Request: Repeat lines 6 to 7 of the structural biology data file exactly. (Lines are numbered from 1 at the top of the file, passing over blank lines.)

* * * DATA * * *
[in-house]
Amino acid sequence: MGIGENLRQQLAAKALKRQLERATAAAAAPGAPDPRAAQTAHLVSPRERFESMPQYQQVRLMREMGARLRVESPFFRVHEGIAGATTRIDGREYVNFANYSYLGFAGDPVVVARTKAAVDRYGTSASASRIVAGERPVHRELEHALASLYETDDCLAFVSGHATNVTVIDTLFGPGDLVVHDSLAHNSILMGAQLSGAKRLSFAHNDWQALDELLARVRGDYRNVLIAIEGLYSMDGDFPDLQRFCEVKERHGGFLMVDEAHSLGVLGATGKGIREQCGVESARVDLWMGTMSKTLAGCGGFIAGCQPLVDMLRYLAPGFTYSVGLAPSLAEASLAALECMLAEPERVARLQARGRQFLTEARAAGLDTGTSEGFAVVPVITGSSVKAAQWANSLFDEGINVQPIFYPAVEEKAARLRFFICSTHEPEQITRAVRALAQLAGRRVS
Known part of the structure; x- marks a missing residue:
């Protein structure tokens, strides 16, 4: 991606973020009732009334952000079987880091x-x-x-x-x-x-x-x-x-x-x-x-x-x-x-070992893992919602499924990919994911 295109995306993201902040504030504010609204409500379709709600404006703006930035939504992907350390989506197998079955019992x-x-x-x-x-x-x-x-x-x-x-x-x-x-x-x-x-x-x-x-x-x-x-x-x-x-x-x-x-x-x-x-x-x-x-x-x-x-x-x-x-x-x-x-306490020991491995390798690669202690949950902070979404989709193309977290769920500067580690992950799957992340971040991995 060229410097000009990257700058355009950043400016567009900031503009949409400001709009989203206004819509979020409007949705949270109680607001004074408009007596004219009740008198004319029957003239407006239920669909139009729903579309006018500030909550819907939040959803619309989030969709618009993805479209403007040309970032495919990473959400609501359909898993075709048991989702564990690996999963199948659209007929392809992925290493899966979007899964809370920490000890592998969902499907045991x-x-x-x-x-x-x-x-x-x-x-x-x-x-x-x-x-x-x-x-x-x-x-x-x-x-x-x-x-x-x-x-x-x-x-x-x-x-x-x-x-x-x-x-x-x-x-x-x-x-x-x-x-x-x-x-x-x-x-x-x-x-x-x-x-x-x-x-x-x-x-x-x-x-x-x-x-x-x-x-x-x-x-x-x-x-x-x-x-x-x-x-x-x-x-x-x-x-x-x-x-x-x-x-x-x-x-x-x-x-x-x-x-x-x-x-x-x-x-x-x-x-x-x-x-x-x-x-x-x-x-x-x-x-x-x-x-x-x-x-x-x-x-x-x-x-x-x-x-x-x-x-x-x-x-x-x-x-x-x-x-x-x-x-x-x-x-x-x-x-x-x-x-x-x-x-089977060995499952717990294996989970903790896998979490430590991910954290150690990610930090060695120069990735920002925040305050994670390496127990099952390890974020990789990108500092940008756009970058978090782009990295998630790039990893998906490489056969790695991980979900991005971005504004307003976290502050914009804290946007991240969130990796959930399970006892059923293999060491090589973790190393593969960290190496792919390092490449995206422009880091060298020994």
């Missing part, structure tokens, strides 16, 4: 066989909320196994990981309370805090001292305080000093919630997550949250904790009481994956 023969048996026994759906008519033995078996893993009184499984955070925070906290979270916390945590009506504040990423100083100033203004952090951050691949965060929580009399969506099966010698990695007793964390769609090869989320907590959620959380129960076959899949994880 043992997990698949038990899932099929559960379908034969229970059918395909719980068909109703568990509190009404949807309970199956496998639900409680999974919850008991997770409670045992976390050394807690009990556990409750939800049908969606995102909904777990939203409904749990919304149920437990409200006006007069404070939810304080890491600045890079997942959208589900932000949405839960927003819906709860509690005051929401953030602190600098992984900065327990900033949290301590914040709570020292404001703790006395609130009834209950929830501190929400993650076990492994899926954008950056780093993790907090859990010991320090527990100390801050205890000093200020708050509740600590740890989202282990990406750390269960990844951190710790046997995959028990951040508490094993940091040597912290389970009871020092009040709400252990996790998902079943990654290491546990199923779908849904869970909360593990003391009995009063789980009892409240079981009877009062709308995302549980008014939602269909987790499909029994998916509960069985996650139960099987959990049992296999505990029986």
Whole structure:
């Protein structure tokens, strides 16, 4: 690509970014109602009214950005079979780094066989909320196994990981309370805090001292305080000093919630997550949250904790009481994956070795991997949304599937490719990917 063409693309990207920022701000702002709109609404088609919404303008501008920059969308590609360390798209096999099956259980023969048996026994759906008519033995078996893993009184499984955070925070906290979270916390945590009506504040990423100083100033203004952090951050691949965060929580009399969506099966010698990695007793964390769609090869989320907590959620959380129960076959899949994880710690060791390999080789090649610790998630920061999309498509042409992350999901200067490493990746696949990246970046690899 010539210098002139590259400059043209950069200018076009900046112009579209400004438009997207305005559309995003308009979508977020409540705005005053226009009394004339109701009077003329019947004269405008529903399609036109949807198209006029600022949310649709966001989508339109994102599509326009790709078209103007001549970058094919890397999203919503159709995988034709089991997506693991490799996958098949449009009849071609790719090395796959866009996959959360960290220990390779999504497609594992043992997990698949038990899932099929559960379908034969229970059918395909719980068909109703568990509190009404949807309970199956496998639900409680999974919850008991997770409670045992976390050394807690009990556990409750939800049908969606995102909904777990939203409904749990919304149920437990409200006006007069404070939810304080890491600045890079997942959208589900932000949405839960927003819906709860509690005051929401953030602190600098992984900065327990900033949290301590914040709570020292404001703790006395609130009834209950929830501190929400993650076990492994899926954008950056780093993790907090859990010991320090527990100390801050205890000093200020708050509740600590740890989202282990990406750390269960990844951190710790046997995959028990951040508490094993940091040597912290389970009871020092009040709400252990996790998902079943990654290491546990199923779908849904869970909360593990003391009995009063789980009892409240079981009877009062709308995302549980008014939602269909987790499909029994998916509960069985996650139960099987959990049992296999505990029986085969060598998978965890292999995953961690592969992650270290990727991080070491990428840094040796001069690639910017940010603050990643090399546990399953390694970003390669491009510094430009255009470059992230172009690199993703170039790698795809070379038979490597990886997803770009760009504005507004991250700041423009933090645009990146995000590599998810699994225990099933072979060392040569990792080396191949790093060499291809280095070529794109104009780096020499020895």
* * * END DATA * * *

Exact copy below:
Whole structure:
């Protein structure tokens, strides 16, 4: 690509970014109602009214950005079979780094066989909320196994990981309370805090001292305080000093919630997550949250904790009481994956070795991997949304599937490719990917 063409693309990207920022701000702002709109609404088609919404303008501008920059969308590609360390798209096999099956259980023969048996026994759906008519033995078996893993009184499984955070925070906290979270916390945590009506504040990423100083100033203004952090951050691949965060929580009399969506099966010698990695007793964390769609090869989320907590959620959380129960076959899949994880710690060791390999080789090649610790998630920061999309498509042409992350999901200067490493990746696949990246970046690899 010539210098002139590259400059043209950069200018076009900046112009579209400004438009997207305005559309995003308009979508977020409540705005005053226009009394004339109701009077003329019947004269405008529903399609036109949807198209006029600022949310649709966001989508339109994102599509326009790709078209103007001549970058094919890397999203919503159709995988034709089991997506693991490799996958098949449009009849071609790719090395796959866009996959959360960290220990390779999504497609594992043992997990698949038990899932099929559960379908034969229970059918395909719980068909109703568990509190009404949807309970199956496998639900409680999974919850008991997770409670045992976390050394807690009990556990409750939800049908969606995102909904777990939203409904749990919304149920437990409200006006007069404070939810304080890491600045890079997942959208589900932000949405839960927003819906709860509690005051929401953030602190600098992984900065327990900033949290301590914040709570020292404001703790006395609130009834209950929830501190929400993650076990492994899926954008950056780093993790907090859990010991320090527990100390801050205890000093200020708050509740600590740890989202282990990406750390269960990844951190710790046997995959028990951040508490094993940091040597912290389970009871020092009040709400252990996790998902079943990654290491546990199923779908849904869970909360593990003391009995009063789980009892409240079981009877009062709308995302549980008014939602269909987790499909029994998916509960069985996650139960099987959990049992296999505990029986085969060598998978965890292999995953961690592969992650270290990727991080070491990428840094040796001069690639910017940010603050990643090399546990399953390694970003390669491009510094430009255009470059992230172009690199993703170039790698795809070379038979490597990886997803770009760009504005507004991250700041423009933090645009990146995000590599998810699994225990099933072979060392040569990792080396191949790093060499291809280095070529794109104009780096020499020895």